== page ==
CORRELATION OF LOCAL ORDER AND DYNAMICS IN DENSE COLLOIDS
Despite intensive research for decades, the local order in liquids and glasses remains an open question. In particular, its role in crystallisation and vitrification is unknown. Here, results from a coherent X-ray scattering study on hard spheres reveal a clear connection between structure and dynamics when approaching the colloidal glass transition.
COMPLEX SYSTEMS AND BIOMEDICAL SCIENCES
The local orientational order of liquids and glasses has been studied intensively in the past, mostly with computational methods or real- space imaging techniques. In particular, colloidal hard spheres are a frequently investigated model system in pioneering studies on phase transitions . Depending on the particles volume fraction, all accessible phases comprising the fluid, crystal, and glassy states can be prepared. For microscopy studies, experimental limitations remain, limiting studies to rather large particles and slow relaxation time. Such limitations do not apply for X-ray scattering methods, which can thus provide complementary information.
One way to access local order in amorphous materials beyond the static structure factor is by X-ray cross correlation analysis (XCCA) based on coherent X-ray scattering. In XCCA experiments, the local orientational order is accessed by calculation of angular correlation functions C(q,∆) from coherent diffraction patterns, so- called speckle patterns . Furthermore, the sample dynamics is obtained from the same data using X-ray photon correlation spectroscopy (XPCS).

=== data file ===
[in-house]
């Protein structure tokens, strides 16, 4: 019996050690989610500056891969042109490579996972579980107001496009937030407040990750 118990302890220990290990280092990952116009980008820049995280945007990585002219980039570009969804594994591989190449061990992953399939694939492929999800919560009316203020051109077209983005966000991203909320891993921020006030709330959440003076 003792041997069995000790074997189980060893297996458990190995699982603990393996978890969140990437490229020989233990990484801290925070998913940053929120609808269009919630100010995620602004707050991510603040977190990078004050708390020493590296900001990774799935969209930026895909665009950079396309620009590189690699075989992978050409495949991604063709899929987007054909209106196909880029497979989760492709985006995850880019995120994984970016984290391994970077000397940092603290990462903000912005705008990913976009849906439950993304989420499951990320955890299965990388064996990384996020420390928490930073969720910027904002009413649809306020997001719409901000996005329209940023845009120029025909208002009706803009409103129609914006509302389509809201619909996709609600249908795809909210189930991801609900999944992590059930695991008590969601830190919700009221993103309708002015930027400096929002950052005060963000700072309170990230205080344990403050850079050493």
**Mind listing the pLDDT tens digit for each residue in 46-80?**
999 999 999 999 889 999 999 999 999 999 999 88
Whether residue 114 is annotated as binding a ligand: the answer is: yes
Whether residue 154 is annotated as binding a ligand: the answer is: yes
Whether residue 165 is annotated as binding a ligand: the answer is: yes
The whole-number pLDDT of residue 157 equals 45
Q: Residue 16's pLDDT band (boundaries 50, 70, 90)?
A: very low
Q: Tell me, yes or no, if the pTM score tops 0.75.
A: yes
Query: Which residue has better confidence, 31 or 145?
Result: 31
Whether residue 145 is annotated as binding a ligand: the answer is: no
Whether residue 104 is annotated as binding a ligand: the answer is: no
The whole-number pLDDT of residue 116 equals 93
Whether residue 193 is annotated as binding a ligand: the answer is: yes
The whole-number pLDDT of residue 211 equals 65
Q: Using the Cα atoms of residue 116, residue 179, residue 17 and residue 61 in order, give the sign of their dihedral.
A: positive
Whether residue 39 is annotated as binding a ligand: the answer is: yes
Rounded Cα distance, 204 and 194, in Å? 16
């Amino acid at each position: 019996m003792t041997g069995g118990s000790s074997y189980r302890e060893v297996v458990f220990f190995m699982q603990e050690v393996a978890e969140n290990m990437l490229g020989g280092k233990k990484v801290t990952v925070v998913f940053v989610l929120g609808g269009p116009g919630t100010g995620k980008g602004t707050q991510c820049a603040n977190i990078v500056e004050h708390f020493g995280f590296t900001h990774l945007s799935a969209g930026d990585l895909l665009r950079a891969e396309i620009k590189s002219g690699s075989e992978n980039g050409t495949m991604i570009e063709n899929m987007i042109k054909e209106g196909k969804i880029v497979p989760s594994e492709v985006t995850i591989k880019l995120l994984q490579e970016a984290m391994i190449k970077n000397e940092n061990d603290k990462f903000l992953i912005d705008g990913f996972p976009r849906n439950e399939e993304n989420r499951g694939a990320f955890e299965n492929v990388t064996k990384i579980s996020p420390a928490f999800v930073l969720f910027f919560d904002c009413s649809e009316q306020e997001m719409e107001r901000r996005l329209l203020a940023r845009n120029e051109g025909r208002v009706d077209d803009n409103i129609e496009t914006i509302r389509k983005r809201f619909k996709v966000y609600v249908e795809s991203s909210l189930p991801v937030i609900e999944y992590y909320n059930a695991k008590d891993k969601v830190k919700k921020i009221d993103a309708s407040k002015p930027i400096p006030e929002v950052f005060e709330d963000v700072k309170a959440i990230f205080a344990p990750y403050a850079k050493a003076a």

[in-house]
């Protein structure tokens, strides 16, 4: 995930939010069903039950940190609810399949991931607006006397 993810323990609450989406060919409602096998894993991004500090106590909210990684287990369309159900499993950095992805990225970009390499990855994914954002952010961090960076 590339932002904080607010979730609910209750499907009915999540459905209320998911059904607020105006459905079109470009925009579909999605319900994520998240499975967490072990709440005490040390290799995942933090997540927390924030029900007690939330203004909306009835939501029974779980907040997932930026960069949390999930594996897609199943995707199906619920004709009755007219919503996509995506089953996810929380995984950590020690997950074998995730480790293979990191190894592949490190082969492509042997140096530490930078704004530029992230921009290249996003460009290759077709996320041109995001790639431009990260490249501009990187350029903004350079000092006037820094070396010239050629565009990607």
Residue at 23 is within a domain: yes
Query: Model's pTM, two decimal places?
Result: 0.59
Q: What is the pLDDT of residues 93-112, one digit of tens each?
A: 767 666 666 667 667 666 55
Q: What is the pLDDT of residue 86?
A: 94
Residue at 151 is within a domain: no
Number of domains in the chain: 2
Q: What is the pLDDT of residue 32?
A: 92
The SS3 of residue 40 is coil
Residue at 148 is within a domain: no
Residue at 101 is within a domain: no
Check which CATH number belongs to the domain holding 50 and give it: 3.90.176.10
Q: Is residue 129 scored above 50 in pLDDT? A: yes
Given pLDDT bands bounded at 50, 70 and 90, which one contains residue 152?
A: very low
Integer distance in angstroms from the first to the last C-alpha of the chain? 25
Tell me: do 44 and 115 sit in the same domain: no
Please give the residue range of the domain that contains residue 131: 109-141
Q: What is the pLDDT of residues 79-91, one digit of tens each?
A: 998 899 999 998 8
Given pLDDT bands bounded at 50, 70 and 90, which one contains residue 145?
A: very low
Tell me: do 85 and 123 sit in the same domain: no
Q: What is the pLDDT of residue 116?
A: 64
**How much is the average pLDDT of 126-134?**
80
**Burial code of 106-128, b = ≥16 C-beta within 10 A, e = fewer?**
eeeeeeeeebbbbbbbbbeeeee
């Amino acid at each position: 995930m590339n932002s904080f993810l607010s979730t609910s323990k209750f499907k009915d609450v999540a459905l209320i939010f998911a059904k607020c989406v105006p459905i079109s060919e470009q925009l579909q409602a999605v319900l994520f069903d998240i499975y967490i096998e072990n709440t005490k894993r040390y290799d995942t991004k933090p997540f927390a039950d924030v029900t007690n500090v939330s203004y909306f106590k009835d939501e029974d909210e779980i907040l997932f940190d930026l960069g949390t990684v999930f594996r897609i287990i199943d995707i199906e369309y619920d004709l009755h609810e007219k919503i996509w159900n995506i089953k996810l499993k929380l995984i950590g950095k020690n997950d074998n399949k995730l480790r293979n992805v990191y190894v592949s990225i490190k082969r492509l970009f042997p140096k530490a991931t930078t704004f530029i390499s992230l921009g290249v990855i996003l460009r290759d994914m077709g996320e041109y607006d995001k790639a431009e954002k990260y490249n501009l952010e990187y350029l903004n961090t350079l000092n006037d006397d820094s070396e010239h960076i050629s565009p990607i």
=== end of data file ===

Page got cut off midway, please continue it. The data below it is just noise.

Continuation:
Local order and dynamics have been investigated from colloidal dispersions of poly(methylmethacrylate) particles of 125-nm radius in decalin that are a commonly-used experimental representation of a hard sphere system. At ID10, volume fractions f were studied between 0.49 and 0.58, covering liquid states (f < 0.52), supercooled liquid (f > 0.52) and glassy states (f > 0.56), which were complemented with measurements in the liquid state at SACLA. The schematics of the experiment in small-angle X-ray scattering geometry and the hard-sphere phase diagram are shown in Figures 51a and 51b, respectively.
First, the average structure was investigated by the static structure factor S(q) (Figure 51c). The position of the first maximum of S(q) corresponds to the typical next-neighbour distance and shifts toward larger q with increasing volume fraction, but the shape and amplitude does not vary. In contrast, the dynamics slow down by four orders of magnitude, indicating a glass transition around f ≈ 0.55 where the sample falls out of equilibrium. These results represent a typical feature of the liquid-glass transition the dynamics significantly slow down while the average structure remains unchanged.
To reveal the role of orientational order,
its degree was studied by XCCA . It was
quantified by the parameter
Fig. 51: a) Schematic of the experiment at ID10. b) Phase diagram of colloidal hard spheres, crosses represent the studied samples. c) Structure factors of all samples studied, the legend indicates the volume fractions.